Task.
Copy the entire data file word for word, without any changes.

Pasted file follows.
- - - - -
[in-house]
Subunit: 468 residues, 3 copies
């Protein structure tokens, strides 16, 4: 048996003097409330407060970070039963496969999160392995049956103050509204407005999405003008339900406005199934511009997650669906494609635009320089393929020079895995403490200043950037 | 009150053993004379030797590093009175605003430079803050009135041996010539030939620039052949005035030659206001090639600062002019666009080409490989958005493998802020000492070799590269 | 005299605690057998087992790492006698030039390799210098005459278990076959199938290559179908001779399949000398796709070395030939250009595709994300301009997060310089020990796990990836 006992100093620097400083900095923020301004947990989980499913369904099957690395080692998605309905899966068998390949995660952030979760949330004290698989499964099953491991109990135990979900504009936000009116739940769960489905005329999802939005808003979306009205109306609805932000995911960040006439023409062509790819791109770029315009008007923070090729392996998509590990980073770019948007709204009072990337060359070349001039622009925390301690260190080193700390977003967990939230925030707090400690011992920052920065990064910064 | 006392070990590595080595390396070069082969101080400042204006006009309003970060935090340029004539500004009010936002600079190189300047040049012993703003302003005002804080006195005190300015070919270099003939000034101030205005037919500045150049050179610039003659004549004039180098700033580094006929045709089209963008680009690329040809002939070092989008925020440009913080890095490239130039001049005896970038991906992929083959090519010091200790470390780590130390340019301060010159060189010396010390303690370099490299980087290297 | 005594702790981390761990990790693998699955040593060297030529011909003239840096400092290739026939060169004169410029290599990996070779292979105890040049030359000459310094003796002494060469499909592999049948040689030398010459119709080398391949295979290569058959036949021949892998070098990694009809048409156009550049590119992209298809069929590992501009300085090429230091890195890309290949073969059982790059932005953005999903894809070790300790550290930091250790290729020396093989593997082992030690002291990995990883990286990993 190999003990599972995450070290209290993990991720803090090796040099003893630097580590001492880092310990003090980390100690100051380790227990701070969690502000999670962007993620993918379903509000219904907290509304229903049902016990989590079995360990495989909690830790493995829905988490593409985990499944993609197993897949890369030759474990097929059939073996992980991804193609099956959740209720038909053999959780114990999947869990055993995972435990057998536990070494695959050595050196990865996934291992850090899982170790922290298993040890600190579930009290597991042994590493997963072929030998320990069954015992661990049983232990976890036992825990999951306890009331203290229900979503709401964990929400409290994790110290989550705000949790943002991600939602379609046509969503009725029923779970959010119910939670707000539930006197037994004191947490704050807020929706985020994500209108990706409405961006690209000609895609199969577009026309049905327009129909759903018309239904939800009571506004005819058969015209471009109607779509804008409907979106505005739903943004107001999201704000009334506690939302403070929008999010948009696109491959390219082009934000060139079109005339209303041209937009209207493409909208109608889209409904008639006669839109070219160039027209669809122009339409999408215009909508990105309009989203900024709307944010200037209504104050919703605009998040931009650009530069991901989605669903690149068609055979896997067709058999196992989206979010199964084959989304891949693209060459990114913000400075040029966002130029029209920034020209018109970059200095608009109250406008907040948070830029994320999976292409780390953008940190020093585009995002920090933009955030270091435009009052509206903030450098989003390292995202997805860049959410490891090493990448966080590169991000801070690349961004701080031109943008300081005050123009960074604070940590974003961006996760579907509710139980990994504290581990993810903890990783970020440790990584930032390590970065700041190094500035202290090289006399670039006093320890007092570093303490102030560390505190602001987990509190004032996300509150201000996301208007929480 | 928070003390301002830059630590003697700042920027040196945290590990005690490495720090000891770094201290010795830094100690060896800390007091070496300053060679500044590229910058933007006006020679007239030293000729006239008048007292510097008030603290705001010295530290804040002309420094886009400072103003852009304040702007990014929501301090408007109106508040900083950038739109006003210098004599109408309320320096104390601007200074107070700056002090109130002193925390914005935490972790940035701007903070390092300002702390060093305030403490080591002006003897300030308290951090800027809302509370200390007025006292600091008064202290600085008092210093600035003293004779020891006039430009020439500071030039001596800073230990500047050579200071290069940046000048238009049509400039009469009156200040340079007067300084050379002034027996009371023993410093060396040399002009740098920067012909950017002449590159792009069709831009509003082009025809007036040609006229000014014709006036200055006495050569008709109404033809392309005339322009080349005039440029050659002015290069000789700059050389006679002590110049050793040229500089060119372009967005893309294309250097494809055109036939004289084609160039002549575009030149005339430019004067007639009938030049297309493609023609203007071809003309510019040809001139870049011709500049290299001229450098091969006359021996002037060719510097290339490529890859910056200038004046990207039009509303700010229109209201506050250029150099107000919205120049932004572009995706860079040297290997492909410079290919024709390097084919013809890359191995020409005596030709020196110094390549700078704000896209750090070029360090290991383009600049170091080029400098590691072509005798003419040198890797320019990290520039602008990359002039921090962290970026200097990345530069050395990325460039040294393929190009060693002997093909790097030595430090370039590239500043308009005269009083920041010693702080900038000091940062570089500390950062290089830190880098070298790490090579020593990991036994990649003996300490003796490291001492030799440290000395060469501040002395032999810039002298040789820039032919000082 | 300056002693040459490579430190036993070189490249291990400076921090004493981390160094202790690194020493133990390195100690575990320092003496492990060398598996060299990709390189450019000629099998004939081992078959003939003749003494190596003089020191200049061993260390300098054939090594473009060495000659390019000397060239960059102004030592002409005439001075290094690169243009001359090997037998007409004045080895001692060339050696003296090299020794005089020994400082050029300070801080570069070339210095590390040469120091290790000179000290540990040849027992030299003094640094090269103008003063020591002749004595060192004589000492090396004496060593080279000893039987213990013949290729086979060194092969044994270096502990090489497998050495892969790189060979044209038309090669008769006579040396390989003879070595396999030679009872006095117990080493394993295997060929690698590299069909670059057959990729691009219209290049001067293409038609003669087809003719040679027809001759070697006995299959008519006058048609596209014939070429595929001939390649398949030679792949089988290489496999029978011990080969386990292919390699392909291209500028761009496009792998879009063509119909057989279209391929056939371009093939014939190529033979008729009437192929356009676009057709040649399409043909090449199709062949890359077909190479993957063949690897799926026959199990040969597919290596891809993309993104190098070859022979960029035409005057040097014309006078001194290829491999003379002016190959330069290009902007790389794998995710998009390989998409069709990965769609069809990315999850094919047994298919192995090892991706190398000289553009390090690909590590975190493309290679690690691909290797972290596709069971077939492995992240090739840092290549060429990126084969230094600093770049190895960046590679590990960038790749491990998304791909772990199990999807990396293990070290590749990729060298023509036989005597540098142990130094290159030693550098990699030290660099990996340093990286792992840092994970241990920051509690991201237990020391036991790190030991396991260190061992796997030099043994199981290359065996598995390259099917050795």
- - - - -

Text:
[in-house]
Subunit: 468 residues, 3 copies
């Protein structure tokens, strides 16, 4: 048996003097409330407060970070039963496969999160392995049956103050509204407005999405003008339900406005199934511009997650669906494609635009320089393929020079895995403490200043950037 | 009150053993004379030797590093009175605003430079803050009135041996010539030939620039052949005035030659206001090639600062002019666009080409490989958005493998802020000492070799590269 | 005299605690057998087992790492006698030039390799210098005459278990076959199938290559179908001779399949000398796709070395030939250009595709994300301009997060310089020990796990990836 006992100093620097400083900095923020301004947990989980499913369904099957690395080692998605309905899966068998390949995660952030979760949330004290698989499964099953491991109990135990979900504009936000009116739940769960489905005329999802939005808003979306009205109306609805932000995911960040006439023409062509790819791109770029315009008007923070090729392996998509590990980073770019948007709204009072990337060359070349001039622009925390301690260190080193700390977003967990939230925030707090400690011992920052920065990064910064 | 006392070990590595080595390396070069082969101080400042204006006009309003970060935090340029004539500004009010936002600079190189300047040049012993703003302003005002804080006195005190300015070919270099003939000034101030205005037919500045150049050179610039003659004549004039180098700033580094006929045709089209963008680009690329040809002939070092989008925020440009913080890095490239130039001049005896970038991906992929083959090519010091200790470390780590130390340019301060010159060189010396010390303690370099490299980087290297 | 005594702790981390761990990790693998699955040593060297030529011909003239840096400092290739026939060169004169410029290599990996070779292979105890040049030359000459310094003796002494060469499909592999049948040689030398010459119709080398391949295979290569058959036949021949892998070098990694009809048409156009550049590119992209298809069929590992501009300085090429230091890195890309290949073969059982790059932005953005999903894809070790300790550290930091250790290729020396093989593997082992030690002291990995990883990286990993 190999003990599972995450070290209290993990991720803090090796040099003893630097580590001492880092310990003090980390100690100051380790227990701070969690502000999670962007993620993918379903509000219904907290509304229903049902016990989590079995360990495989909690830790493995829905988490593409985990499944993609197993897949890369030759474990097929059939073996992980991804193609099956959740209720038909053999959780114990999947869990055993995972435990057998536990070494695959050595050196990865996934291992850090899982170790922290298993040890600190579930009290597991042994590493997963072929030998320990069954015992661990049983232990976890036992825990999951306890009331203290229900979503709401964990929400409290994790110290989550705000949790943002991600939602379609046509969503009725029923779970959010119910939670707000539930006197037994004191947490704050807020929706985020994500209108990706409405961006690209000609895609199969577009026309049905327009129909759903018309239904939800009571506004005819058969015209471009109607779509804008409907979106505005739903943004107001999201704000009334506690939302403070929008999010948009696109491959390219082009934000060139079109005339209303041209937009209207493409909208109608889209409904008639006669839109070219160039027209669809122009339409999408215009909508990105309009989203900024709307944010200037209504104050919703605009998040931009650009530069991901989605669903690149068609055979896997067709058999196992989206979010199964084959989304891949693209060459990114913000400075040029966002130029029209920034020209018109970059200095608009109250406008907040948070830029994320999976292409780390953008940190020093585009995002920090933009955030270091435009009052509206903030450098989003390292995202997805860049959410490891090493990448966080590169991000801070690349961004701080031109943008300081005050123009960074604070940590974003961006996760579907509710139980990994504290581990993810903890990783970020440790990584930032390590970065700041190094500035202290090289006399670039006093320890007092570093303490102030560390505190602001987990509190004032996300509150201000996301208007929480 | 928070003390301002830059630590003697700042920027040196945290590990005690490495720090000891770094201290010795830094100690060896800390007091070496300053060679500044590229910058933007006006020679007239030293000729006239008048007292510097008030603290705001010295530290804040002309420094886009400072103003852009304040702007990014929501301090408007109106508040900083950038739109006003210098004599109408309320320096104390601007200074107070700056002090109130002193925390914005935490972790940035701007903070390092300002702390060093305030403490080591002006003897300030308290951090800027809302509370200390007025006292600091008064202290600085008092210093600035003293004779020891006039430009020439500071030039001596800073230990500047050579200071290069940046000048238009049509400039009469009156200040340079007067300084050379002034027996009371023993410093060396040399002009740098920067012909950017002449590159792009069709831009509003082009025809007036040609006229000014014709006036200055006495050569008709109404033809392309005339322009080349005039440029050659002015290069000789700059050389006679002590110049050793040229500089060119372009967005893309294309250097494809055109036939004289084609160039002549575009030149005339430019004067007639009938030049297309493609023609203007071809003309510019040809001139870049011709500049290299001229450098091969006359021996002037060719510097290339490529890859910056200038004046990207039009509303700010229109209201506050250029150099107000919205120049932004572009995706860079040297290997492909410079290919024709390097084919013809890359191995020409005596030709020196110094390549700078704000896209750090070029360090290991383009600049170091080029400098590691072509005798003419040198890797320019990290520039602008990359002039921090962290970026200097990345530069050395990325460039040294393929190009060693002997093909790097030595430090370039590239500043308009005269009083920041010693702080900038000091940062570089500390950062290089830190880098070298790490090579020593990991036994990649003996300490003796490291001492030799440290000395060469501040002395032999810039002298040789820039032919000082 | 300056002693040459490579430190036993070189490249291990400076921090004493981390160094202790690194020493133990390195100690575990320092003496492990060398598996060299990709390189450019000629099998004939081992078959003939003749003494190596003089020191200049061993260390300098054939090594473009060495000659390019000397060239960059102004030592002409005439001075290094690169243009001359090997037998007409004045080895001692060339050696003296090299020794005089020994400082050029300070801080570069070339210095590390040469120091290790000179000290540990040849027992030299003094640094090269103008003063020591002749004595060192004589000492090396004496060593080279000893039987213990013949290729086979060194092969044994270096502990090489497998050495892969790189060979044209038309090669008769006579040396390989003879070595396999030679009872006095117990080493394993295997060929690698590299069909670059057959990729691009219209290049001067293409038609003669087809003719040679027809001759070697006995299959008519006058048609596209014939070429595929001939390649398949030679792949089988290489496999029978011990080969386990292919390699392909291209500028761009496009792998879009063509119909057989279209391929056939371009093939014939190529033979008729009437192929356009676009057709040649399409043909090449199709062949890359077909190479993957063949690897799926026959199990040969597919290596891809993309993104190098070859022979960029035409005057040097014309006078001194290829491999003379002016190959330069290009902007790389794998995710998009390989998409069709990965769609069809990315999850094919047994298919192995090892991706190398000289553009390090690909590590975190493309290679690690691909290797972290596709069971077939492995992240090739840092290549060429990126084969230094600093770049190895960046590679590990960038790749491990998304791909772990199990999807990396293990070290590749990729060298023509036989005597540098142990130094290159030693550098990699030290660099990996340093990286792992840092994970241990920051509690991201237990020391036991790190030991396991260190061992796997030099043994199981290359065996598995390259099917050795």